Venue is proper in this district pursuant to 28 U.S.C. § 1391, because Defendants’ actions and conduct affected Plaintiff within this district and Defendants conduct business within this district. The Court’s subject matter jurisdiction is the subject of the motion before the Court. Defendant argues, among other things, that Plaintiff lacks standing because she has failed to plead an injury-in-fact. The Court discusses its findings on this issue below.

         Plaintiff, a victim of auto loan fraud, [3] wanted to dispute certain items on her credit report and improve her credit score. A friend referred her to Johanna Diaz, an employee of Credit-RX, for help improving her credit history. On December 30, 2016, Plaintiff called Diaz, who said that Credit-RX and NCC would be able to improve her credit score by sending letters to the three main Credit Reporting Agencies (“CRAs”) on her behalf. Diaz said Plaintiff would need to make a down payment of $189 to sign up.

         Diaz then sent Plaintiff an email [1-3] identifying NCC as Credit-RX’s “processing department” and stating that NCC would send Plaintiff an email regarding payment authorization. [1-3] at 3. Diaz’s email also provided instructions for Plaintiff regarding an investigation into her credit history, making future payments on debts, and updating her payment information with Credit-RX. Id. at 3-4. Diaz’s email said that Plaintiff’s credit report was attached, but the exhibit Plaintiff provided does not include any attachments.[4] Id. at 4.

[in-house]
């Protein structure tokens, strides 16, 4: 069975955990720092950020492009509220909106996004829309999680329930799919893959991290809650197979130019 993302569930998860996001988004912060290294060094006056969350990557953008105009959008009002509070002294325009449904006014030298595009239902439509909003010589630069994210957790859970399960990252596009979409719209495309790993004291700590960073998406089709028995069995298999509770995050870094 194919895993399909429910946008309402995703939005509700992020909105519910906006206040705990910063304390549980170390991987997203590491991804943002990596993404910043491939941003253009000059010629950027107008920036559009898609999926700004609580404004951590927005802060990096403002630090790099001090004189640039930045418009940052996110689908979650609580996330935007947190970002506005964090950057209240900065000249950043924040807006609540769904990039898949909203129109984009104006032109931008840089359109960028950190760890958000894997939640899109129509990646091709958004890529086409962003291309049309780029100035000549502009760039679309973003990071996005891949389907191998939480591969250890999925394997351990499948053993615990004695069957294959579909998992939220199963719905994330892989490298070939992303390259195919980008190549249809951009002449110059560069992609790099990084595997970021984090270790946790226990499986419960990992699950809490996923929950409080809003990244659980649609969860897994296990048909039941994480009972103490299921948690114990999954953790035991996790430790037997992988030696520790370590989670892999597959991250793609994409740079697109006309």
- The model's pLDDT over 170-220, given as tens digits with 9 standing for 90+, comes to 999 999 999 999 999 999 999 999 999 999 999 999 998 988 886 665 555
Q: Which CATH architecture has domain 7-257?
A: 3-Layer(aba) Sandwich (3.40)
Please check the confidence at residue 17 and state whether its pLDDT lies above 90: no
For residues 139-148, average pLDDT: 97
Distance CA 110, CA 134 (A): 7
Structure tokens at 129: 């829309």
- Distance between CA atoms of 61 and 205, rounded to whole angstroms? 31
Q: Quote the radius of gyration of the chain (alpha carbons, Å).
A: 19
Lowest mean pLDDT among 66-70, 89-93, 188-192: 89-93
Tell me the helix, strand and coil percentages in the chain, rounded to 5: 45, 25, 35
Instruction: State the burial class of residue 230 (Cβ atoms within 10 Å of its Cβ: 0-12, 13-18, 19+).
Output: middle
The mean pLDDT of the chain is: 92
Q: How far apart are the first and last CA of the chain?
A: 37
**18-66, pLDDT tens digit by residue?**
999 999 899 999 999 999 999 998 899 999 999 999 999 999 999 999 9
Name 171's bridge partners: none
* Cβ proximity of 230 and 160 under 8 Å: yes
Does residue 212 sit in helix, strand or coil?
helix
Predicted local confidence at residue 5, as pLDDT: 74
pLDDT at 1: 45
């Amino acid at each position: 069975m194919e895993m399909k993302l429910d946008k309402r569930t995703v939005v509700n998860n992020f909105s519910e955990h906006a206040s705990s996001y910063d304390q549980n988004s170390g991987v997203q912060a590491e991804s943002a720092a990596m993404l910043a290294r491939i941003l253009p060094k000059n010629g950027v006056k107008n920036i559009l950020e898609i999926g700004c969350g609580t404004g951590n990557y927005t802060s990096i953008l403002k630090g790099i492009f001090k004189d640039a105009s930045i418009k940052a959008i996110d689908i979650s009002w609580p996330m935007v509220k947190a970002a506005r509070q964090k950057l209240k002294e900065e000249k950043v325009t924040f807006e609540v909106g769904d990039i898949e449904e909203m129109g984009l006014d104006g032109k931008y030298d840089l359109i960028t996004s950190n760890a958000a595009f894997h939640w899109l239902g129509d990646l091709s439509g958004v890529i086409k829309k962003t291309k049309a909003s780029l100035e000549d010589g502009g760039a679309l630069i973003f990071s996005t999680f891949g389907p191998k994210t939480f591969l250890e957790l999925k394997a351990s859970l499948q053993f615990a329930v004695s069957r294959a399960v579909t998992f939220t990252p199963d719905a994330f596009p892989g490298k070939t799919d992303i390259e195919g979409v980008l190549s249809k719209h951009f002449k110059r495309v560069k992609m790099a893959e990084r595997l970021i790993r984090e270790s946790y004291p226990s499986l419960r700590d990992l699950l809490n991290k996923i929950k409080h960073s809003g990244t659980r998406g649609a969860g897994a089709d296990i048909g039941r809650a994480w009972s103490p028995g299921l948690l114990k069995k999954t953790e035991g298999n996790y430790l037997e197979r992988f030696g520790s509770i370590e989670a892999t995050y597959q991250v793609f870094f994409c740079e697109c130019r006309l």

Later on December 30, 2016, NCC sent Plaintiff an email asking her to sign the attached Client Services Agreement (“CSA”), which she signed electronically. The CSA describes two types of services: (1) Credit Report Consulting/Analysis, including “comprehensive analysis of your credit report; counseling regarding credit score algorithms; consumer credit education; consumer rights regarding credit reports and disputes; and a complete listing of the negative items appearing on your credit report”; and (2) Monthly Services, to correct errors or discrepancies on a credit report, described as “(i) reminders about materials or information that you need to provide to NCC (ii) access to NCC credit consultants, (iii) work to clear and-or correct your credit report of the credit and personal items which you believe to be inaccurate, misleading or unverifiable, (iv) consult directly with you as to any individual efforts needed to help correct your credit report, (v) review and analyze the correspondence from credit bureaus, creditors and others, including any credit report that is forwarded by you to NCC or received by NCC directly from such sources.” [1-4] at 8. The fee for the Credit Report Consulting/Analysis was $189, “due and payable within five (5) days from the date of consultation once all services have been performed as listed above in Section 3a.” Id. The Monthly Services cost $69 per month, billed in arrears. Id.